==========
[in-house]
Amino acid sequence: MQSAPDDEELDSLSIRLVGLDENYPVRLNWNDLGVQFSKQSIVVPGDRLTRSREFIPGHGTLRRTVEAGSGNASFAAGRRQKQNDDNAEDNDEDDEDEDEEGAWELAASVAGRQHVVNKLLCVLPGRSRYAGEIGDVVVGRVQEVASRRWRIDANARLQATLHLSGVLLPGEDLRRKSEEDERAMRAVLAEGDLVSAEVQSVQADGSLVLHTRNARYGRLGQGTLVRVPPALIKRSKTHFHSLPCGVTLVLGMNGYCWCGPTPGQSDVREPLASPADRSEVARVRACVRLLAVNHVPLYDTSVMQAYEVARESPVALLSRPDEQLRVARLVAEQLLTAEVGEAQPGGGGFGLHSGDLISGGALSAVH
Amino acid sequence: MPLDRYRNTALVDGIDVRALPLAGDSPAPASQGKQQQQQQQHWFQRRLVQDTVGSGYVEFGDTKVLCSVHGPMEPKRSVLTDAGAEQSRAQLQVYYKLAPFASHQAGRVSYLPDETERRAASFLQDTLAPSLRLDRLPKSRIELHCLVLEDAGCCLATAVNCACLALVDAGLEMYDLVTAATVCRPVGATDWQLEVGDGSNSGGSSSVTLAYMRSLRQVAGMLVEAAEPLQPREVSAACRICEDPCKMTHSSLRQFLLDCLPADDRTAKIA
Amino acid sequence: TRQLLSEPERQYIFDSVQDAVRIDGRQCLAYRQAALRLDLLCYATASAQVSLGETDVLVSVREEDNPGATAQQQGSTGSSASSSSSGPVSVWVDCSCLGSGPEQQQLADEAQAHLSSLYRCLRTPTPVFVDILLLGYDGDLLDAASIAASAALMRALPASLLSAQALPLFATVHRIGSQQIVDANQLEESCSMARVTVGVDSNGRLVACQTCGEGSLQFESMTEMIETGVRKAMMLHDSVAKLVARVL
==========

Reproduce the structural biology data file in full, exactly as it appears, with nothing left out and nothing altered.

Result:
[in-house]
Amino acid sequence: MQSAPDDEELDSLSIRLVGLDENYPVRLNWNDLGVQFSKQSIVVPGDRLTRSREFIPGHGTLRRTVEAGSGNASFAAGRRQKQNDDNAEDNDEDDEDEDEEGAWELAASVAGRQHVVNKLLCVLPGRSRYAGEIGDVVVGRVQEVASRRWRIDANARLQATLHLSGVLLPGEDLRRKSEEDERAMRAVLAEGDLVSAEVQSVQADGSLVLHTRNARYGRLGQGTLVRVPPALIKRSKTHFHSLPCGVTLVLGMNGYCWCGPTPGQSDVREPLASPADRSEVARVRACVRLLAVNHVPLYDTSVMQAYEVARESPVALLSRPDEQLRVARLVAEQLLTAEVGEAQPGGGGFGLHSGDLISGGALSAVH
Amino acid sequence: MPLDRYRNTALVDGIDVRALPLAGDSPAPASQGKQQQQQQQHWFQRRLVQDTVGSGYVEFGDTKVLCSVHGPMEPKRSVLTDAGAEQSRAQLQVYYKLAPFASHQAGRVSYLPDETERRAASFLQDTLAPSLRLDRLPKSRIELHCLVLEDAGCCLATAVNCACLALVDAGLEMYDLVTAATVCRPVGATDWQLEVGDGSNSGGSSSVTLAYMRSLRQVAGMLVEAAEPLQPREVSAACRICEDPCKMTHSSLRQFLLDCLPADDRTAKIA
Amino acid sequence: TRQLLSEPERQYIFDSVQDAVRIDGRQCLAYRQAALRLDLLCYATASAQVSLGETDVLVSVREEDNPGATAQQQGSTGSSASSSSSGPVSVWVDCSCLGSGPEQQQLADEAQAHLSSLYRCLRTPTPVFVDILLLGYDGDLLDAASIAASAALMRALPASLLSAQALPLFATVHRIGSQQIVDANQLEESCSMARVTVGVDSNGRLVACQTCGEGSLQFESMTEMIETGVRKAMMLHDSVAKLVARVL